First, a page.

The AR-15 can make 45 holes in 60 seconds.
A piece of American engineering, a highly-customisable semi-automatic rifle popular with civilian firearm enthusiasts and military personnel alike. It has an effective range of 550 metres and a muzzle velocity of 975 metres per second and weighs somewhere around four kilograms without all the bells and whistles. The AR-15 is also notable for its incredible killing power, with ARVN rangers (to whom it was originally given for field testing) noting that a single round could take the head off a Viet Cong guerilla.
All of these features, along with its relative availability, have combined to make the AR-15 the weapon of choice for mass murderers all around the United States and a prime mechanism for gun violence.
James Holmes, the perpetrator of the 2012 Aurora Shooting, used a Smith & Wesson M&P15. This weapon is modelled off the AR-15. Adam Lanza, who killed 20 children at Sandy Hook, used a Bushmaster M4-type carbine, similarly based on the AR-15 platform. More recently, Stephen Paddock used a number of AR-15 and AR-15 ‘alikes’, possibly modified with bump stocks or gat cranks, to kill 59 people and wound over 500 in Las Vegas. This is now the deadliest mass shooting in United States history.
But this is not America’s true gun problem. It is just America’s most visible gun problem, the one that we get to watch unfold like a horror movie every time it crops up. Massacres – and the AR-15s and ‘alikes’ with which they are so often committed – represent only one facet of a larger evil.
Mass shootings account for a very small fraction of firearms related deaths in the United States. In 2015, 13,286 Americans were killed by firearms. 475 people were killed in mass shootings.
Now is a time for mourning, but it is also a time for thinking. Americans are starting to demand stricter gun laws – again. But it is important to remember that we often focus only on the most visible symptoms of this disease, with nary a thought spared for those that go unseen.
Handgun violence is the primary driver of gun homicides in America. The pistol is mightier than the AR-15, at least in terms of lives taken. Handguns were responsible 6,447 homicides in 2015; rifles 252. Women and young black men account for a substantial number of these deaths.
Handgun killings usually occur within the context of street or domestic violence. They do not attract television cameras or think pieces. These killings are minor beefs that escalate into shootouts due to the presence of a pistol, or the cold endpoint of spousal abuse. They might as well be invisible. Until America begins to focus on these killings – not only on the mass murderer with an AR-15 and a bowl cut – its true gun problem will not go away.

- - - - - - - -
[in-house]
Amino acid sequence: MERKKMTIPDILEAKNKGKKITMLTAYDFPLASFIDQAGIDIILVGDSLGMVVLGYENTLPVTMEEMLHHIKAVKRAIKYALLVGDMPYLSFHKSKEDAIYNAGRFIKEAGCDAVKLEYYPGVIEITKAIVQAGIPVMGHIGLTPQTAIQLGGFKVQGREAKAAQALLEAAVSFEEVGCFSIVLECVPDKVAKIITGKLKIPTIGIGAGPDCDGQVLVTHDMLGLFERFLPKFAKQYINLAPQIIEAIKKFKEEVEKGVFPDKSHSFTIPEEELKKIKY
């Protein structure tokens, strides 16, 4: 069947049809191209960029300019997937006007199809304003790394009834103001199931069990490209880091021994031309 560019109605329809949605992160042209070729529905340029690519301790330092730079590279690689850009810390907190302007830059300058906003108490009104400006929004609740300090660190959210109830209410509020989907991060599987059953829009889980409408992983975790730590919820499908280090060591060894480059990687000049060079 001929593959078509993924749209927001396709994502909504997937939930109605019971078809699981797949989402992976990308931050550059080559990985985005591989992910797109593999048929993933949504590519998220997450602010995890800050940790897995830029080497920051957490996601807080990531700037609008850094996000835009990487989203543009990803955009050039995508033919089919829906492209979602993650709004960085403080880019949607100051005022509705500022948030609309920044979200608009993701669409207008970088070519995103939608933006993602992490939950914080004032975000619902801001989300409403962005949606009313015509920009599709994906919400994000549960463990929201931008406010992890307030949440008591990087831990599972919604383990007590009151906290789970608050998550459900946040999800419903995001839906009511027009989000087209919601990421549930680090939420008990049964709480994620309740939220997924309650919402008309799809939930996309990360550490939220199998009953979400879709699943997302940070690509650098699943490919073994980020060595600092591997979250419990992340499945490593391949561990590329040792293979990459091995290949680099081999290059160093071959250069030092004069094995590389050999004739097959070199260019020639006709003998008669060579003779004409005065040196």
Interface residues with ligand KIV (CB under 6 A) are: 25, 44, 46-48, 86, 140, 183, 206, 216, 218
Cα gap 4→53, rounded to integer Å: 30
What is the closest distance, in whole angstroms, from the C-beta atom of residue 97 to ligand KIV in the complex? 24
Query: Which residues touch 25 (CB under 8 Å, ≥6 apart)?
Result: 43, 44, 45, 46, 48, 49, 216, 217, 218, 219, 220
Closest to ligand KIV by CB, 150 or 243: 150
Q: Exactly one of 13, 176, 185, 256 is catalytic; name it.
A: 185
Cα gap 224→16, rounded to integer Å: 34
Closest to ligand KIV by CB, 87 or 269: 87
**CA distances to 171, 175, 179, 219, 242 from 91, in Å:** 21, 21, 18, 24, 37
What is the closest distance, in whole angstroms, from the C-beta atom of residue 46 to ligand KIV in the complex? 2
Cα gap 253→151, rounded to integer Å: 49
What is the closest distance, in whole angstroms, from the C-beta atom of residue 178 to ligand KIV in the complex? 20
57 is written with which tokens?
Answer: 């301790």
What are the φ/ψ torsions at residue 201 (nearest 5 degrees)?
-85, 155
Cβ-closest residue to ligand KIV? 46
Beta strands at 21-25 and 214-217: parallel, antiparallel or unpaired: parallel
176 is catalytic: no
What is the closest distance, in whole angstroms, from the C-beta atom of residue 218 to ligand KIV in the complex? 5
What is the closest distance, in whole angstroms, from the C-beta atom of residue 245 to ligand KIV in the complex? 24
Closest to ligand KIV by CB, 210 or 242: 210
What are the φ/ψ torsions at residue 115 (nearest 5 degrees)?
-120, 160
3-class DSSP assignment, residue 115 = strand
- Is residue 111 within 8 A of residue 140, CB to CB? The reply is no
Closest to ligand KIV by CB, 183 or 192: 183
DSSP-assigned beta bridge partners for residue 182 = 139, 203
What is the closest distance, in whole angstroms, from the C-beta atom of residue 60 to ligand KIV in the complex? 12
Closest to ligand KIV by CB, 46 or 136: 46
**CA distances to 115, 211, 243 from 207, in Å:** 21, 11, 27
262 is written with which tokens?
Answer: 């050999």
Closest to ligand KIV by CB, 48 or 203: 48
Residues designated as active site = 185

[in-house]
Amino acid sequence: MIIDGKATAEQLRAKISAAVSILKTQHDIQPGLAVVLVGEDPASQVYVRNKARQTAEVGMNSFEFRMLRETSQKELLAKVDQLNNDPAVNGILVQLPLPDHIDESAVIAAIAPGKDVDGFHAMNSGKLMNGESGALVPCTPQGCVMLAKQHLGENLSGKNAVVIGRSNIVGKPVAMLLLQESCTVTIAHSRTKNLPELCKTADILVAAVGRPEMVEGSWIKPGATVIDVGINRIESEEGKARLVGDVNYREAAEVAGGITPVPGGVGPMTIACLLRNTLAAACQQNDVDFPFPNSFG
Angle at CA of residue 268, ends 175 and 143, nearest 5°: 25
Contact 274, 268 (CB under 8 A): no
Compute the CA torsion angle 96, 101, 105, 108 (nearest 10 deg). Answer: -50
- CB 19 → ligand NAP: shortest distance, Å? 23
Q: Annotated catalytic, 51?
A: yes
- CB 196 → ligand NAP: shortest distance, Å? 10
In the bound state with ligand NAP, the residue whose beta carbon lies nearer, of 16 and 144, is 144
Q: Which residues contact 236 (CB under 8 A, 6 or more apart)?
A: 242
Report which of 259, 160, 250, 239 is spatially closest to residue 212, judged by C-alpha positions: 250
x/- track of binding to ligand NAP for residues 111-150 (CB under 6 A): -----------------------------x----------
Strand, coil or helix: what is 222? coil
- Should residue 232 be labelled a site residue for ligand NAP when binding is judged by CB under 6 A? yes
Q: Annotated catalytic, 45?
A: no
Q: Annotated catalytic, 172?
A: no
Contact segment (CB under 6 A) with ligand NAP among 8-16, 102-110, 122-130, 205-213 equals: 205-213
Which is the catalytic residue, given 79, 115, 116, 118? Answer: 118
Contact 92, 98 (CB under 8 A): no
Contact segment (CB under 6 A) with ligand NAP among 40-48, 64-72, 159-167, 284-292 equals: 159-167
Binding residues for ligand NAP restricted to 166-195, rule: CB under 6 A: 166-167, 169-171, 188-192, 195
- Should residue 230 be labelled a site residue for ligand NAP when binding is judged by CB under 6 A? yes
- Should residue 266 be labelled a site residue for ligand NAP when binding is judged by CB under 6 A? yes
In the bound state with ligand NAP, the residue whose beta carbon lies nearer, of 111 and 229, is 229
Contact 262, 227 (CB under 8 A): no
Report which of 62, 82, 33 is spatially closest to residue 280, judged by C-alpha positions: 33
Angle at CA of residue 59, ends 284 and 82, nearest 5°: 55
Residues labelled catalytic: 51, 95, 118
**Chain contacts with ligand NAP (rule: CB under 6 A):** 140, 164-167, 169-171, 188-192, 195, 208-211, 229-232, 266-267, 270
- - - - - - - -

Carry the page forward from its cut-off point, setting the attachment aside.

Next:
In stark contrast to these statistics, gun bans often revolve around so-called ‘assault weapons’. This is shorthand for a scary-looking gun, possibly finished in matte black and accessorised almost beyond usefulness – y’know, like your standard AR-15. Proposed gun bans usually crop up right after a mass shooting, usually for the purposes of political point scoring, and are usually abandoned once everybody stops talking about the reason they were proposed in the first place. But even if an ‘assault weapon’ ban was instituted, it wouldn’t go far enough.
There is a tendency to see America’s gun violence problem in the same way that the general population views cancer: as a homogenous disease with a blanket fix. Just like there is no ‘cure for cancer’, there is no singular solution to gun violence. Banning AR-15s and guns that act like AR-15s will not stop handgun murders. Community-based policing, stricter background checks, and cutting down on straw purchases through the creation of a firearms registry will stop handgun murders.
Should somebody be allowed to own a weapon with the killing potential of an AR-15? Probably not. Should that idea inform the entirety of the American gun violence debate, to the point where anything outside of a mass killing is excluded from examination for the simple fact that people aren’t as aware of it? Definitely not.
Every day in America, people will be killed via gun violence. They will be killed in alleyways and family homes and nightclubs and bars and at country music festivals. They will be killed in the dark and killed in broad daylight. They will be killed by jilted ex-lovers, angry friends, policemen, gang members, children, strangers, and deranged teenage boys who can no longer differentiate between fantasy and reality.
So do the right thing.